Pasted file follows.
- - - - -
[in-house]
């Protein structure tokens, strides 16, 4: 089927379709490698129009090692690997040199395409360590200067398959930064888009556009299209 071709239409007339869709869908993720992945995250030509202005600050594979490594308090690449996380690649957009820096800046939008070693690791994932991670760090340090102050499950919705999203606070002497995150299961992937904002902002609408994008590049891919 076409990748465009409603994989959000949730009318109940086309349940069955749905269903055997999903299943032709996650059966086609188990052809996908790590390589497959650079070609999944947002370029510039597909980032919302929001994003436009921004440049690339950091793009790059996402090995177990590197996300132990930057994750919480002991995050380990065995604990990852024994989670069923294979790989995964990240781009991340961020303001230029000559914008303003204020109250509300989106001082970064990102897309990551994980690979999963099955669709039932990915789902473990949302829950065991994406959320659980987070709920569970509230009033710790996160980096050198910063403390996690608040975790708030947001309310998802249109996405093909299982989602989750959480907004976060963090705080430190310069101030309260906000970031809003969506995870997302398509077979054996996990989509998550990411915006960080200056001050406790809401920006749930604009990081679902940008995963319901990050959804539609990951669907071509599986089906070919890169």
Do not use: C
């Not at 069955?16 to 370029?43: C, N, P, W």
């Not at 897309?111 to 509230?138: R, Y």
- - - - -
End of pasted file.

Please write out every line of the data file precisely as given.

[in-house]
């Protein structure tokens, strides 16, 4: 089927379709490698129009090692690997040199395409360590200067398959930064888009556009299209 071709239409007339869709869908993720992945995250030509202005600050594979490594308090690449996380690649957009820096800046939008070693690791994932991670760090340090102050499950919705999203606070002497995150299961992937904002902002609408994008590049891919 076409990748465009409603994989959000949730009318109940086309349940069955749905269903055997999903299943032709996650059966086609188990052809996908790590390589497959650079070609999944947002370029510039597909980032919302929001994003436009921004440049690339950091793009790059996402090995177990590197996300132990930057994750919480002991995050380990065995604990990852024994989670069923294979790989995964990240781009991340961020303001230029000559914008303003204020109250509300989106001082970064990102897309990551994980690979999963099955669709039932990915789902473990949302829950065991994406959320659980987070709920569970509230009033710790996160980096050198910063403390996690608040975790708030947001309310998802249109996405093909299982989602989750959480907004976060963090705080430190310069101030309260906000970031809003969506995870997302398509077979054996996990989509998550990411915006960080200056001050406790809401920006749930604009990081679902940008995963319901990050959804539609990951669907071509599986089906070919890169």
Do not use: C
């Not at 069955?16 to 370029?43: C, N, P, W």
């Not at 897309?111 to 509230?138: R, Y």